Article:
Tuesday, May 26, 2015
   
Text Size

UNITY

PDFPrintE-mail

Commentary

gaBasseterre, St. Kitts, (Thursday, 24th May 2012)-It’s no secret.

For years, the Leader of the incumbent Labour Party, Dr. Denzil Douglas, hasn’t been on the best of terms with the Party’s Deputy Leader, Mr. Sam Condor, and its Chairman, Dr. Timothy Harris.

His complaint has been that their less than committed, supportive, loyal and respectful conduct has hurt the team spirit, the unity and the success of the Cabinet, the Government and the Party.

Especially Mr. Condor who, by his public comments and actions over the last nine months or so has, in the mind of Dr. Douglas, just about reached the point of no return.  

Meanwhile, Messrs. Condor and Harris have been complaining for years about a number of governance issues and Dr. Douglas’ leadership style, his imperiousness, his disrespect for them, and so on.

So while Dr. Douglas wanted the two gentlemen to get in line and behave themselves, they wanted him to become more democratic-minded, respectful and transparent in leadership, or to move on. While he felt that their behavior was out of order, they felt that he had run the Labour Party and the Government off course.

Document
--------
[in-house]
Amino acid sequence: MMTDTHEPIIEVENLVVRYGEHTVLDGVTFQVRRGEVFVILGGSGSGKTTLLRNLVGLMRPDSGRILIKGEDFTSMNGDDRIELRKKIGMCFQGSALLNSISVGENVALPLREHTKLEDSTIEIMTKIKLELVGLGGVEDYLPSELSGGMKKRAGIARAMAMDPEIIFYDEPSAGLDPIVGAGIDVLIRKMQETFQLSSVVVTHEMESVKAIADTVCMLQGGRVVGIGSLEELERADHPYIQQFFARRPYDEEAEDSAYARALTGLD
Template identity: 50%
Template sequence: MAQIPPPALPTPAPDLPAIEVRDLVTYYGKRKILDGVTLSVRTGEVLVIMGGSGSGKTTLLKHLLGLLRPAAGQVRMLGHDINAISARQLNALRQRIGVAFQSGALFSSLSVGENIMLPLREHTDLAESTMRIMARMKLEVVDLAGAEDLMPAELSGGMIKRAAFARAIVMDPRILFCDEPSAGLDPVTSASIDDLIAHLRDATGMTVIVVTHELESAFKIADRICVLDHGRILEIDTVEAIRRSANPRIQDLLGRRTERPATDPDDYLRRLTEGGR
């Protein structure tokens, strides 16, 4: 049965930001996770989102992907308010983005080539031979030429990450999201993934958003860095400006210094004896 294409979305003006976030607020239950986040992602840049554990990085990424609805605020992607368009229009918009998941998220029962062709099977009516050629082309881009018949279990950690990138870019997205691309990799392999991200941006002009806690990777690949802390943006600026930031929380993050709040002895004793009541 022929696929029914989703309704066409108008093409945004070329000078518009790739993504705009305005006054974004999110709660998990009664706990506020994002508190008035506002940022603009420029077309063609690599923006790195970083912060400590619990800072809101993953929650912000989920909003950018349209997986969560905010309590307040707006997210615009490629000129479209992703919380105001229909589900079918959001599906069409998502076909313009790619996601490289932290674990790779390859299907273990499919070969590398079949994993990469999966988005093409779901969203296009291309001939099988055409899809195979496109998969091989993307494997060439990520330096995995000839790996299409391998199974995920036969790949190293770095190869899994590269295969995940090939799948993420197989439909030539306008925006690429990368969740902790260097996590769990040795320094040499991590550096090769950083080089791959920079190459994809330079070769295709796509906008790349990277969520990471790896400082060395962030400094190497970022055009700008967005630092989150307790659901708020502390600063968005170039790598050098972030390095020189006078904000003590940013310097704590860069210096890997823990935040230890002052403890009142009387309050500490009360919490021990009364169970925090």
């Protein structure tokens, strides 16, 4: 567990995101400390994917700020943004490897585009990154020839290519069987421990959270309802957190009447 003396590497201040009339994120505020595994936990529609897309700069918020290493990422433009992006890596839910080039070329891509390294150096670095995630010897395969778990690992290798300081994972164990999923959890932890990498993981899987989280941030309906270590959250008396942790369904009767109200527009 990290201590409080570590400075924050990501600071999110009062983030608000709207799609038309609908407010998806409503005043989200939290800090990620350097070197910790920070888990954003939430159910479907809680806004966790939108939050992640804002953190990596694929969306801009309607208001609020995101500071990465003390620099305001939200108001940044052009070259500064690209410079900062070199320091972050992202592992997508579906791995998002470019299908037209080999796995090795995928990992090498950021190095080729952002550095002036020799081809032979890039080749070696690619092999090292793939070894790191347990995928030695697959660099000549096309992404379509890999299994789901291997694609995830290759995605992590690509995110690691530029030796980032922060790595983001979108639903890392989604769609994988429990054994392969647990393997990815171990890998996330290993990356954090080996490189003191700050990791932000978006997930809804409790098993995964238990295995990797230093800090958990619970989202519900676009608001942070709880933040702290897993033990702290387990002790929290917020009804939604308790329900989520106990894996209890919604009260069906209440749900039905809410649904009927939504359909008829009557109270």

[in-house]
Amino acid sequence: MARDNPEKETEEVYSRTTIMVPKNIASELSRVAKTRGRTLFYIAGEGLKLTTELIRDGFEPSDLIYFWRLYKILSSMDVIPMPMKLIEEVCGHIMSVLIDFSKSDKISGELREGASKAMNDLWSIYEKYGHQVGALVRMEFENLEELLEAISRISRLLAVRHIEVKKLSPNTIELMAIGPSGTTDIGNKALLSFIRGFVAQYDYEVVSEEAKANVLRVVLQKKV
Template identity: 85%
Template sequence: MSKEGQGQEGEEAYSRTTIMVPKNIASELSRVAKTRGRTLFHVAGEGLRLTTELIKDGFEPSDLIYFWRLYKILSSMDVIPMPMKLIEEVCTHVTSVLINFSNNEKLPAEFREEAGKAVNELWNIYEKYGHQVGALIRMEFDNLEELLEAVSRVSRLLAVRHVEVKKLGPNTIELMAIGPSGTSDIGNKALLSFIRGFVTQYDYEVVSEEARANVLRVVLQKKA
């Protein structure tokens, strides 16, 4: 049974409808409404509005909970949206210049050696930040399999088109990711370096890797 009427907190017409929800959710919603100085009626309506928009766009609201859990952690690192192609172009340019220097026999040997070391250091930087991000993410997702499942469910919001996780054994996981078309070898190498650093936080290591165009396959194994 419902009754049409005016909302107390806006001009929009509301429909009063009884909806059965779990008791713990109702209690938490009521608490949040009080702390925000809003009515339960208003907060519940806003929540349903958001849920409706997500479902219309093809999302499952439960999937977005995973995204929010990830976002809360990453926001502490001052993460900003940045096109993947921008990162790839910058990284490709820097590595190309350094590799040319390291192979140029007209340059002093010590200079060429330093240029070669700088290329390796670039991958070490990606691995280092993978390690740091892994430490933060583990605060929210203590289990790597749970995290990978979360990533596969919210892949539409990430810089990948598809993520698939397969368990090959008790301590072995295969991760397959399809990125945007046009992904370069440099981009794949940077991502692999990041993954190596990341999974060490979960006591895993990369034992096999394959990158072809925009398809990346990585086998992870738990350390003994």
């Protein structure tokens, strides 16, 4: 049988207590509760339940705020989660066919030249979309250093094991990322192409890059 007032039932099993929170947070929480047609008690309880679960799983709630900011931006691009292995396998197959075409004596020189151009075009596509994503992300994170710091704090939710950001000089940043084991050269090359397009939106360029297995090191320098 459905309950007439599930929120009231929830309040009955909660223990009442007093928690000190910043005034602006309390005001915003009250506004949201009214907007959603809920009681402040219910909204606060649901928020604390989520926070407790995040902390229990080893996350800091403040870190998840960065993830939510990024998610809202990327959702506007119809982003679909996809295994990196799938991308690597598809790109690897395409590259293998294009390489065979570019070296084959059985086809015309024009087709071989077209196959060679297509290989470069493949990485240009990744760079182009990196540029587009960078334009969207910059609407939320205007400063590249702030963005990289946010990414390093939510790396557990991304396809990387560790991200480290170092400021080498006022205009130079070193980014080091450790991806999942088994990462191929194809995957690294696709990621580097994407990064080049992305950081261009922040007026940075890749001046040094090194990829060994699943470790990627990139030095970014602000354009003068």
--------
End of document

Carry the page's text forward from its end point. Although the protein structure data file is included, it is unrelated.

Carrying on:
Over the years, the issues have been discussed, argued, and quarreled, and a number of meetings and retreats held.

In those meetings and retreats, one fundamental issue kept raising its head: they felt he should change his leadership style and attitude, but he felt that nothing was wrong with what he was doing and the way he was doing it, and that if any adjusting was to be done it was they who would have to adjust to him.

So no progress was ever made. Indeed, the meetings and retreats served only to harden their respective positions to the point where Dr. Douglas wanted the two gentlemen out of the way, and they wanted him out of the way.